|Publication number||US6237859 B1|
|Application number||US 09/396,102|
|Publication date||May 29, 2001|
|Filing date||Sep 14, 1999|
|Priority date||Sep 14, 1999|
|Publication number||09396102, 396102, US 6237859 B1, US 6237859B1, US-B1-6237859, US6237859 B1, US6237859B1|
|Inventors||Daryl G. Hill|
|Original Assignee||Orchard-Rite Ltd., Inc.|
|Export Citation||BiBTeX, EndNote, RefMan|
|Patent Citations (11), Referenced by (13), Classifications (11), Legal Events (6)|
|External Links: USPTO, USPTO Assignment, Espacenet|
The invention relates to a system for injecting a fluid spray into an air stream and more particularly to an apparatus for atomizing a fluid into an air stream generated by a wind machine.
Conventional wind machines are used primarily to prevent springtime frost damage to crops. These conventional wind machines can also introduce water into their wind stream to prevent heat and sun damage to crops in the late summer and early fall.
Prior wind machine devices with liquid dispersion features include U.S. Pat. No. 1,993,635, which disperses water through the hub of the wind machine's propeller to prevent frosting and sunburning. Water is carried up the tower of the wind machine within a stationary water pipe, which is connected to the propeller hub. Additionally, a perforated pipe, filled with a dust material, circles the tower. The perforated pipe delivers the dust material to the lower edge of the rotating propeller for dispersal into the wind stream.
Another liquid dispersing wind machine is found in U.S. Pat. No. 2,238,120, which discloses a spraying device having a manifold attached to the propeller's guard. The guard is circular and the nozzles are positioned on the manifold across the face of the rotating propeller.
U.S. Pat. No. 3,067,541 shows an air circulating apparatus in which water or other treatment fluid, is disbursed by a pair of rotor blades. The blades receive the fluid through a conduit where it is disbursed through discharge orifices on the blades. The blades are mounted on an axis of rotation that is substantially perpendicular to the ground surface. The blades are then turned in a plane that is horizontal to the ground surface.
U.S. Pat. No. 3,296,739 also discloses a rotating orchard heater. A liquid, such as water or fuel is supplied to nozzles mounted on a circular fan guard. A manifold is positioned along the circumference of the fan guard to deliver the liquid to the nozzles at the circumference of the fan guard.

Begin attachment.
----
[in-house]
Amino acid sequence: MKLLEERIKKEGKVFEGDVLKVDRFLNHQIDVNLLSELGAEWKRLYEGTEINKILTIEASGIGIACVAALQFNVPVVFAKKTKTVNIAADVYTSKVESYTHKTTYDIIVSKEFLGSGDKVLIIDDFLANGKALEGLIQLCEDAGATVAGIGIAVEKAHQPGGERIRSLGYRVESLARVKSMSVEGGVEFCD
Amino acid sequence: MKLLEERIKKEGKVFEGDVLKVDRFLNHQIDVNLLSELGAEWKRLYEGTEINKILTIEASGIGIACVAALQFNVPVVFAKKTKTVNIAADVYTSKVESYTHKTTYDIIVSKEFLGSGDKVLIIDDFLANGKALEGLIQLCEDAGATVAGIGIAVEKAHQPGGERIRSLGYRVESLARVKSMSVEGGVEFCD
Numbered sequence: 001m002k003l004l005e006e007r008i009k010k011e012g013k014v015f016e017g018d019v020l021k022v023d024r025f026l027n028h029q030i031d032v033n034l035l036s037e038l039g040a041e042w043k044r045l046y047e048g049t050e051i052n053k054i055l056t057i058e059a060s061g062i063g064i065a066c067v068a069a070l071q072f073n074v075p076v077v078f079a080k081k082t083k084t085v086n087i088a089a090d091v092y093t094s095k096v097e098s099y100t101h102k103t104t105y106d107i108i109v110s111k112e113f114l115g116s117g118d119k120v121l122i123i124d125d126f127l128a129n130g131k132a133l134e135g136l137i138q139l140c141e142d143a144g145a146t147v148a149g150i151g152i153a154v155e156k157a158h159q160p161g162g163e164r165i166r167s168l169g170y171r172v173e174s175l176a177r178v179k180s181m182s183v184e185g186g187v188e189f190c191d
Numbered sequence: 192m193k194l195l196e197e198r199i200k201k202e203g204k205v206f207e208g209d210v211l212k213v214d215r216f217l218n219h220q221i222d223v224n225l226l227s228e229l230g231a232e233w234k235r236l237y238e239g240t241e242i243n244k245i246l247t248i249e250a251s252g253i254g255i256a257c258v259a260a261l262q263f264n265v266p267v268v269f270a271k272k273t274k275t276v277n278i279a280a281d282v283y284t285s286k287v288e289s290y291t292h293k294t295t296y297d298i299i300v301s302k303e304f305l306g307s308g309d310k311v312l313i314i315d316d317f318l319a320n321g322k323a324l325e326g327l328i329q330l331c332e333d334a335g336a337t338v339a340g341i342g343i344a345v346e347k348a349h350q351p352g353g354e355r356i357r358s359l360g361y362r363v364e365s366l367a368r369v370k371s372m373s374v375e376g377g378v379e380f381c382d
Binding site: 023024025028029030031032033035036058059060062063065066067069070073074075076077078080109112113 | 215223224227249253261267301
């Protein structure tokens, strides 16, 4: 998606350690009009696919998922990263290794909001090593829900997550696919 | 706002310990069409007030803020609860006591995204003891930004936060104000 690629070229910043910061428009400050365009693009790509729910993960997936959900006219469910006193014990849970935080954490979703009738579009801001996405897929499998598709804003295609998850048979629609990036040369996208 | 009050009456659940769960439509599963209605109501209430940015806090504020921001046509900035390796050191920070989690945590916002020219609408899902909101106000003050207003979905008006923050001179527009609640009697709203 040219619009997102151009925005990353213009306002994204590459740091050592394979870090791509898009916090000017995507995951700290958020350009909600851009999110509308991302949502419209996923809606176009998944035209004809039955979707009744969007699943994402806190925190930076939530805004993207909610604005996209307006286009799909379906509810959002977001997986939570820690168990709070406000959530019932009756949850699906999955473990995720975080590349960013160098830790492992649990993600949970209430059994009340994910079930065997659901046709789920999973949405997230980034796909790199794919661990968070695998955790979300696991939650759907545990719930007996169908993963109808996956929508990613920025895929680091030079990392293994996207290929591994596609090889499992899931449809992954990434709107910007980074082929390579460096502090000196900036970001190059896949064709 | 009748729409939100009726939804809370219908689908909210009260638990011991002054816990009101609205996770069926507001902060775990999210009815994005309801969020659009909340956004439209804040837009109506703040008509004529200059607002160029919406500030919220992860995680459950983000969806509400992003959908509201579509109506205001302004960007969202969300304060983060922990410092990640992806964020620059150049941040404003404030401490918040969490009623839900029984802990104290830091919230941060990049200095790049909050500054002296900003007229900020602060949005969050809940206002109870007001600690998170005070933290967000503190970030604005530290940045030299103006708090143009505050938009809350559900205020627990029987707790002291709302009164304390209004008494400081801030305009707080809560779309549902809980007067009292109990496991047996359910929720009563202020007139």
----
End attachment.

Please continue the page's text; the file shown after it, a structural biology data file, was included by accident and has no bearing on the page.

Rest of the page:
It is desirable, however, to introduce fluids into the wind machine's airstream downstream of the propeller blades. Nozzles mounted on the fan guard, proximate the outer surface of the propeller, can only serve when the propellers draw the air stream past the wind machine and push the air stream, past the nozzles and away from the wind machine. If the flow is reversed, the fluid from the nozzles would be sucked into the propeller, rather than away from it. The fluid, injected from the nozzles mounted to the outer fan guard, coats the propeller and the wind machine. This reverse flow alternative is undesirable. Even if the fluid is only water, it can quickly damage the wind machine, invading the bearings and gears. Additionally, the wind machine's efficiency is reduced because significant amounts of the fluid are lost by coating the propeller and the wind machine, or at least deflected away from the intended target. If the wind machine is operating in freezing conditions, the atomized fluid drawn through the propeller can freeze on the propeller, creating a hazard that can quickly result in damage to the wind machine, and potential injury to persons or objects near the wind machine. Therefore, the fluid must be injected into the airstream at the pressurized, downstream side of the propeller, rather than the upstream, suction side and preferably well clear from potential contact with the wind machine.
U.S. Pat. No. 3,944,139 addressed this problem by disclosing a wind machine having a nozzle-bearing circular manifold that rings around the tower and is mounted just below a rotatable fan. A cam attached to the fan's housing sequentially activates valves on the nozzles as the housing rotates. The fluid stream substantially avoids the wind machine and is injected into the pressurized side of the propeller. However, as shown in FIG. 1 therein, the injected moisture fails to reach the upper portions of the pressurized air stream.
U.S. Pat. No. 5,082,177, by the inventor of the present invention also discloses a ring-shaped manifold for distributing a fluid to nozzles positioned about a wind machine tower. The nozzles are positioned in an array circumferentially about the tower, below the wind machine. The array of nozzles injects the fluid into the wind stream from vertical risers mounted on the tower ringing manifold The risers follow along the tower and are attached to the tower at regular intervals. This array of nozzles injects the fluid to the lower half of the rotor, or propeller of the wind machine.